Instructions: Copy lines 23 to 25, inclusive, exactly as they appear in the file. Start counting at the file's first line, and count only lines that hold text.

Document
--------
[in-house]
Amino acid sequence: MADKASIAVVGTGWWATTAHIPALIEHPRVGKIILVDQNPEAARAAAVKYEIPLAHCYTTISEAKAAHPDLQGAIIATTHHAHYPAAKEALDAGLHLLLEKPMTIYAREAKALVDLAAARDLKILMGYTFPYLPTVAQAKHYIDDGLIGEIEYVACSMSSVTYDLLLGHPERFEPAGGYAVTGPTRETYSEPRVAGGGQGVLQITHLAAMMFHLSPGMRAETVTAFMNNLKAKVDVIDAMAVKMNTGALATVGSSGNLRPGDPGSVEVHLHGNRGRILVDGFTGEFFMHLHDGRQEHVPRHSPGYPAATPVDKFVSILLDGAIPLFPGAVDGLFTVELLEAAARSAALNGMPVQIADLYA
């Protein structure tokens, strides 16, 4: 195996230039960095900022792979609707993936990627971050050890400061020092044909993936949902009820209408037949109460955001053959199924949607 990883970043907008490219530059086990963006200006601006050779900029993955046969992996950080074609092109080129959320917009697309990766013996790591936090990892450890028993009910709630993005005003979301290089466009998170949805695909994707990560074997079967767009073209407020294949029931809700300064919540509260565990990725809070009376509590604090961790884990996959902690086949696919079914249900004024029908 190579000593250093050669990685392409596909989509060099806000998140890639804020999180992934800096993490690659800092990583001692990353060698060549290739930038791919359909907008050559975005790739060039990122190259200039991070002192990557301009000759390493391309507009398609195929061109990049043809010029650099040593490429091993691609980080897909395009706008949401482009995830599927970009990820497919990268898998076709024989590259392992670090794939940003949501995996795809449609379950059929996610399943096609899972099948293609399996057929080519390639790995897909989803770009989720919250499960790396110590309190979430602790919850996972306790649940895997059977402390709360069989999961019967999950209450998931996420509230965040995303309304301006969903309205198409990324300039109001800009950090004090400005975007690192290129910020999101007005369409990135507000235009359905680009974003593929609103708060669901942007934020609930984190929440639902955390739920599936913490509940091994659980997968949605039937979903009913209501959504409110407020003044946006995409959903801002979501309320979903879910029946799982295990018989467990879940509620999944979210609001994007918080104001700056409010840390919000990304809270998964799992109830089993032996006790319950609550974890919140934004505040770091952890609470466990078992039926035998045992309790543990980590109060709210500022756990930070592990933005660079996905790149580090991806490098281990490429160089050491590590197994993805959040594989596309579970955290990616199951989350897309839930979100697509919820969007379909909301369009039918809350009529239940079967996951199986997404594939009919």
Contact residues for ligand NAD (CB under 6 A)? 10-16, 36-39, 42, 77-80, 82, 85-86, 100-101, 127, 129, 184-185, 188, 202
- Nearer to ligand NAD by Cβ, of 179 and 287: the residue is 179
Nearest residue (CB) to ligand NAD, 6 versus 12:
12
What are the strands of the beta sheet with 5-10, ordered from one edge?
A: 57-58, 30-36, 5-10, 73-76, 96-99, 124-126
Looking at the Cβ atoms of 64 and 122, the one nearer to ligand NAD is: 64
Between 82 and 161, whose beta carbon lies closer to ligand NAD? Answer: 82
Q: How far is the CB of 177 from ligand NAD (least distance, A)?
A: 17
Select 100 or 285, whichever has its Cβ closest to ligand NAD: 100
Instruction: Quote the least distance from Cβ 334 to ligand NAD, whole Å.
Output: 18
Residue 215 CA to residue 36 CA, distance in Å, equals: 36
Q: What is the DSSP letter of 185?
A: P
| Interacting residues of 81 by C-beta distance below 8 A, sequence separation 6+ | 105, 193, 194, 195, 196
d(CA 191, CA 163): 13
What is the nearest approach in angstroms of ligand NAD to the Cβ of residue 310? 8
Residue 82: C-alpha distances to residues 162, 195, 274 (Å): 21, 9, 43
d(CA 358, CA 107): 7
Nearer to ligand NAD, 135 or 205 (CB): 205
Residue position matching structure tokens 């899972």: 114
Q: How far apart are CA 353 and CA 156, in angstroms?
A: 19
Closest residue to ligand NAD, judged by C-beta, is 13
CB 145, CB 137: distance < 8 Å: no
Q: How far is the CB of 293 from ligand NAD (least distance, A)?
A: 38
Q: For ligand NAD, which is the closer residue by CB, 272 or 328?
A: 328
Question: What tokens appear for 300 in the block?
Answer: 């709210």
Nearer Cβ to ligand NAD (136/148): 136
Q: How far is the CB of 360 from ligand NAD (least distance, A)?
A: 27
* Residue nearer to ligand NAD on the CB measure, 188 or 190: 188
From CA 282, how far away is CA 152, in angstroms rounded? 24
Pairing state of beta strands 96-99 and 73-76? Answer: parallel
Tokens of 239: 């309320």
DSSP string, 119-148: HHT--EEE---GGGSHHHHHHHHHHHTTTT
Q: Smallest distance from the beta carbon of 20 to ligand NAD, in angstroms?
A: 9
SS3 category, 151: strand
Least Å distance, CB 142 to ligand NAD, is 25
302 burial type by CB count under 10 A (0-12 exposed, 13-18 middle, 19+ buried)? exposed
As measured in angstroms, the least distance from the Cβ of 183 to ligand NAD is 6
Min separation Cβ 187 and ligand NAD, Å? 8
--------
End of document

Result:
Residue 82: C-alpha distances to residues 162, 195, 274 (Å): 21, 9, 43
d(CA 358, CA 107): 7
Nearer to ligand NAD, 135 or 205 (CB): 205